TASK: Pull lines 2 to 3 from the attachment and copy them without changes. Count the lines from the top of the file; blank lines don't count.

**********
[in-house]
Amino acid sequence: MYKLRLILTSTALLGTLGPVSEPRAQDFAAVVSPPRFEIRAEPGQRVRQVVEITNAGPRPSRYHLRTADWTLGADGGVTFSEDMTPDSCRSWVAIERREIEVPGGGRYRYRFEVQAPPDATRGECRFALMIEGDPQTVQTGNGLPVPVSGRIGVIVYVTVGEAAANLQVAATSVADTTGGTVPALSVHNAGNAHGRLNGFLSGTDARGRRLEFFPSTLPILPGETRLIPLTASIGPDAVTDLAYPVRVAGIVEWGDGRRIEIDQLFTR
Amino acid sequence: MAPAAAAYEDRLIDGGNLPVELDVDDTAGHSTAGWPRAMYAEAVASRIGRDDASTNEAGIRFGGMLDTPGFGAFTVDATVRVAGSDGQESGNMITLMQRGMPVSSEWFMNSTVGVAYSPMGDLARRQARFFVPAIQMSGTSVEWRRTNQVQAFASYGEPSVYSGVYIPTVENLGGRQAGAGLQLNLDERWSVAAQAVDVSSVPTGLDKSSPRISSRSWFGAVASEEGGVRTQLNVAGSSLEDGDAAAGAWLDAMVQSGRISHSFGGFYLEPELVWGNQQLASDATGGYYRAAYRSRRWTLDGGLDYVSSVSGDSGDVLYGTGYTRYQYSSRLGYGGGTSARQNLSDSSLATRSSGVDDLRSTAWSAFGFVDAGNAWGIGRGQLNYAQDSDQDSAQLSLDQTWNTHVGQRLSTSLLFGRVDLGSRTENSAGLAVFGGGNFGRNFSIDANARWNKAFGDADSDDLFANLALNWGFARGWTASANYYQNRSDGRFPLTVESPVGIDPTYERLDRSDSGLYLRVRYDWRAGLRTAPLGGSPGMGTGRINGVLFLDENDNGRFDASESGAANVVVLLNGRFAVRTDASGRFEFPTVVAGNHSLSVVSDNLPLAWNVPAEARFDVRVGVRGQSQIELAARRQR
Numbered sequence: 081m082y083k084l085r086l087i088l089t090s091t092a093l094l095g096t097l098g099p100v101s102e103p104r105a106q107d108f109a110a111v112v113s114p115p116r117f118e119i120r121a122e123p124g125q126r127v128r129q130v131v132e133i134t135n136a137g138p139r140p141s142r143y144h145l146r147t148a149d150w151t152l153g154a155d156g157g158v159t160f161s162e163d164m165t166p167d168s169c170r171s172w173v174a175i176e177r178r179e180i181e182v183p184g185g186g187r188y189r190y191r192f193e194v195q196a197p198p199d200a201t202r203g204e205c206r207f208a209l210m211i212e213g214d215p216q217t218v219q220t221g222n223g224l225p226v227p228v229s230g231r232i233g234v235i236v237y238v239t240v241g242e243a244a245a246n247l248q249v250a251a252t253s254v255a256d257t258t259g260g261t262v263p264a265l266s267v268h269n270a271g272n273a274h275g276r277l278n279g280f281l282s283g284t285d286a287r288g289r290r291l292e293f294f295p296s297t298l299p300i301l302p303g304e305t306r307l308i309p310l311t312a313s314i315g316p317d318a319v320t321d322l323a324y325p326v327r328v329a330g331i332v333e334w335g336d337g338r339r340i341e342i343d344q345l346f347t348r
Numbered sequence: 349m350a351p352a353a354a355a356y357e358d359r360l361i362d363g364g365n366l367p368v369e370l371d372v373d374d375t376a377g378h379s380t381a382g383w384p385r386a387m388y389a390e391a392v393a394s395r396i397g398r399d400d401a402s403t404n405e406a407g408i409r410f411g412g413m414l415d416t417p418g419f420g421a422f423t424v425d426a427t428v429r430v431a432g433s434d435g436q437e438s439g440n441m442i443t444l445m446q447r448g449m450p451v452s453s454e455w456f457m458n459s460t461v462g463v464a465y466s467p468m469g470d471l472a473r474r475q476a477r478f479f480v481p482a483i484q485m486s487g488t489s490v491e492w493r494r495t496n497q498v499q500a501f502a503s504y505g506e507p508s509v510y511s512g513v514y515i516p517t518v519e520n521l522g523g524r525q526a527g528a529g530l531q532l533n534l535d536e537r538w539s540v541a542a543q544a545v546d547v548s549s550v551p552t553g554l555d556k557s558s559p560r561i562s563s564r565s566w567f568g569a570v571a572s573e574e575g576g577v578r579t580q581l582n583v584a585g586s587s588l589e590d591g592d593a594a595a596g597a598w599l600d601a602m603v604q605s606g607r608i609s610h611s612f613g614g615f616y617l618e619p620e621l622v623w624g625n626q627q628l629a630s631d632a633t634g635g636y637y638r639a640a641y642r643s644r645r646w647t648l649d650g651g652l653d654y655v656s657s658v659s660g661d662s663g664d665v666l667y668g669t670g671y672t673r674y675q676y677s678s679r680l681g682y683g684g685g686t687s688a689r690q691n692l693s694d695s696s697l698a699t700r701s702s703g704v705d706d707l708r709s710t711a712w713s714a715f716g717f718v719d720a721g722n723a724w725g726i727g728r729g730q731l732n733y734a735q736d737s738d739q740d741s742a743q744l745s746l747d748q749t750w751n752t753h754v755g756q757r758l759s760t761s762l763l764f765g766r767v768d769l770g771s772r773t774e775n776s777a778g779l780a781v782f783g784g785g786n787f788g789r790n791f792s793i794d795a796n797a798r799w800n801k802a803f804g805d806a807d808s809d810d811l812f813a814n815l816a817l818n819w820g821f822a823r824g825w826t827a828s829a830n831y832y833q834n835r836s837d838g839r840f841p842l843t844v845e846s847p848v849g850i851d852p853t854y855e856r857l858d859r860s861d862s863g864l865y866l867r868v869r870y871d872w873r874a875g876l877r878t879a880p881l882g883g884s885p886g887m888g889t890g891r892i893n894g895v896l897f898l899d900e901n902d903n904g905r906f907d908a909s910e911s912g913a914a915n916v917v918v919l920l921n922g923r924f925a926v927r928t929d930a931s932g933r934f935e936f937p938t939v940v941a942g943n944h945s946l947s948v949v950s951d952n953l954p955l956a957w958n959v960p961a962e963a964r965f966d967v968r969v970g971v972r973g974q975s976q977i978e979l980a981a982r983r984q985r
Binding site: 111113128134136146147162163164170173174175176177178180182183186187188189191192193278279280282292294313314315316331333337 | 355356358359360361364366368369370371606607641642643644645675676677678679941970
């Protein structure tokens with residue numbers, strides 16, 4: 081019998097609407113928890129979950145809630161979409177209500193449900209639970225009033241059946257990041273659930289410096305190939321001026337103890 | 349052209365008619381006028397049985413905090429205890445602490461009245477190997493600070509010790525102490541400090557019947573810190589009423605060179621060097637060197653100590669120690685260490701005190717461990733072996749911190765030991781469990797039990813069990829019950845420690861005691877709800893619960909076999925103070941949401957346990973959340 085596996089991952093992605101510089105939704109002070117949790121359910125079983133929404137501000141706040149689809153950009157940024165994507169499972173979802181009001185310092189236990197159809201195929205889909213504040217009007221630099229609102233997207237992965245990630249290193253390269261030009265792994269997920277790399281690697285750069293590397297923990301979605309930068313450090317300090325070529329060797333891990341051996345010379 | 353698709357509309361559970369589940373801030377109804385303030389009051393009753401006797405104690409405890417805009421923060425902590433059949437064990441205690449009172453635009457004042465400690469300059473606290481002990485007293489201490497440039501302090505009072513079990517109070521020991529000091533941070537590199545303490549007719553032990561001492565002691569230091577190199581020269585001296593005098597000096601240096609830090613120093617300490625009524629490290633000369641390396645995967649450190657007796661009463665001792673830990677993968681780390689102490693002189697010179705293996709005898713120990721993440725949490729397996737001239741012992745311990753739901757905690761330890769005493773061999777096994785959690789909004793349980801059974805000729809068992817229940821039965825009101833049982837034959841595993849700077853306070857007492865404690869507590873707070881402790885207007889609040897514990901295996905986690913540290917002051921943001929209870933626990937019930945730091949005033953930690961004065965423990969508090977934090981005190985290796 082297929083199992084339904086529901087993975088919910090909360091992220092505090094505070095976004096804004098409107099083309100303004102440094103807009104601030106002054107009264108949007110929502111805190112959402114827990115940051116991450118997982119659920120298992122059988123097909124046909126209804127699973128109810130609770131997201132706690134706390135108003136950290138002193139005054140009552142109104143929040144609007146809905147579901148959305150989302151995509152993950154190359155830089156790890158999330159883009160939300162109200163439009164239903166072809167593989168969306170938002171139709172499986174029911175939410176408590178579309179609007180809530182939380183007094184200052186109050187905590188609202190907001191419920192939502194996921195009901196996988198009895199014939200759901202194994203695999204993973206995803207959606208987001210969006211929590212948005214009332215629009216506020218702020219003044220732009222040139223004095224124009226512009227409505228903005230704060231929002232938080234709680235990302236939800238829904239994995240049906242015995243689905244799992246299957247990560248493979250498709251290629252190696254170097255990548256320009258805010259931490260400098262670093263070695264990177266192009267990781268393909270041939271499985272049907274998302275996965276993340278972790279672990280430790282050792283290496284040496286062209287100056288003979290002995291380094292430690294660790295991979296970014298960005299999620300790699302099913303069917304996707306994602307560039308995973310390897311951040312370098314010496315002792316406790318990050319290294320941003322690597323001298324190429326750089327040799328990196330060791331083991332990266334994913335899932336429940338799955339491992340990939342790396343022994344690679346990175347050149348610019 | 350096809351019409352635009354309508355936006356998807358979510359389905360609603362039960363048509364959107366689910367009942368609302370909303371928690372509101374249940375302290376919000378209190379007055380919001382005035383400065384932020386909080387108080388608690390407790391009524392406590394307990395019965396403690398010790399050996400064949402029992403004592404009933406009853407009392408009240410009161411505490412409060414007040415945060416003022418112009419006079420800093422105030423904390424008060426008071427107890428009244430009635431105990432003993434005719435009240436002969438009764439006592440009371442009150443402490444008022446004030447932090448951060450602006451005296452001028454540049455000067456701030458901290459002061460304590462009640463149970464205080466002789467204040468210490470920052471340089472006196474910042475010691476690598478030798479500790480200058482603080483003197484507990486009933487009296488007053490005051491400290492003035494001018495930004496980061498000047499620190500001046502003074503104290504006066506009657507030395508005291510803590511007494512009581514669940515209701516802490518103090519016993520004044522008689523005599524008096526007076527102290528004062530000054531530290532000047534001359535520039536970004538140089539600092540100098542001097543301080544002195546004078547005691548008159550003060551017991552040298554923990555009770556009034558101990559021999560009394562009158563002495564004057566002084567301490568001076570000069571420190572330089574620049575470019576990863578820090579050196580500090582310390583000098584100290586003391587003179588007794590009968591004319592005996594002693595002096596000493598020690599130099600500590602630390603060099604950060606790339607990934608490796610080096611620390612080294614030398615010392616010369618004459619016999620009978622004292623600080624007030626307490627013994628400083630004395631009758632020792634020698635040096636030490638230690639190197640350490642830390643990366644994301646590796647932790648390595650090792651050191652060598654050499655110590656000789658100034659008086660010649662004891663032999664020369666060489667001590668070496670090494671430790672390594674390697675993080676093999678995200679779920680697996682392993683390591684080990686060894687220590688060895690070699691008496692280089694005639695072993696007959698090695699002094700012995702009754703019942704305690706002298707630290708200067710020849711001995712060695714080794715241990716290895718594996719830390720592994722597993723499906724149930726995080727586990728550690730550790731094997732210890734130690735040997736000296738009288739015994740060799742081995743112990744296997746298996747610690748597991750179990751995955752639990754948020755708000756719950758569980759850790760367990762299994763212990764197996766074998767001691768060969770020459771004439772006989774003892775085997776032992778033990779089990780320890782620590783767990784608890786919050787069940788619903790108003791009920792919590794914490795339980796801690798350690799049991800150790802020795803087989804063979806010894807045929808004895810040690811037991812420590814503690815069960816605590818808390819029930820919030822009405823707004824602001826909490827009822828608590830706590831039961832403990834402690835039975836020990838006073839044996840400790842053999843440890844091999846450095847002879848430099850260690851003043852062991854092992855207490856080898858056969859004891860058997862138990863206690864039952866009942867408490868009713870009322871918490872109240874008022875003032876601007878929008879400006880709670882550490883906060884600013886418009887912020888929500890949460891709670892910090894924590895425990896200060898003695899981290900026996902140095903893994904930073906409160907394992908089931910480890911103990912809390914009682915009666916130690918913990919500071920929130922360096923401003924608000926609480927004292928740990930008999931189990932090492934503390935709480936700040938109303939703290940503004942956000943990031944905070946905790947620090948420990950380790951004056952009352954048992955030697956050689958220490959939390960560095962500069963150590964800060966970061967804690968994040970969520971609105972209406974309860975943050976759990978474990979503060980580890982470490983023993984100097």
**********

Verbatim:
Amino acid sequence: MYKLRLILTSTALLGTLGPVSEPRAQDFAAVVSPPRFEIRAEPGQRVRQVVEITNAGPRPSRYHLRTADWTLGADGGVTFSEDMTPDSCRSWVAIERREIEVPGGGRYRYRFEVQAPPDATRGECRFALMIEGDPQTVQTGNGLPVPVSGRIGVIVYVTVGEAAANLQVAATSVADTTGGTVPALSVHNAGNAHGRLNGFLSGTDARGRRLEFFPSTLPILPGETRLIPLTASIGPDAVTDLAYPVRVAGIVEWGDGRRIEIDQLFTR
Amino acid sequence: MAPAAAAYEDRLIDGGNLPVELDVDDTAGHSTAGWPRAMYAEAVASRIGRDDASTNEAGIRFGGMLDTPGFGAFTVDATVRVAGSDGQESGNMITLMQRGMPVSSEWFMNSTVGVAYSPMGDLARRQARFFVPAIQMSGTSVEWRRTNQVQAFASYGEPSVYSGVYIPTVENLGGRQAGAGLQLNLDERWSVAAQAVDVSSVPTGLDKSSPRISSRSWFGAVASEEGGVRTQLNVAGSSLEDGDAAAGAWLDAMVQSGRISHSFGGFYLEPELVWGNQQLASDATGGYYRAAYRSRRWTLDGGLDYVSSVSGDSGDVLYGTGYTRYQYSSRLGYGGGTSARQNLSDSSLATRSSGVDDLRSTAWSAFGFVDAGNAWGIGRGQLNYAQDSDQDSAQLSLDQTWNTHVGQRLSTSLLFGRVDLGSRTENSAGLAVFGGGNFGRNFSIDANARWNKAFGDADSDDLFANLALNWGFARGWTASANYYQNRSDGRFPLTVESPVGIDPTYERLDRSDSGLYLRVRYDWRAGLRTAPLGGSPGMGTGRINGVLFLDENDNGRFDASESGAANVVVLLNGRFAVRTDASGRFEFPTVVAGNHSLSVVSDNLPLAWNVPAEARFDVRVGVRGQSQIELAARRQR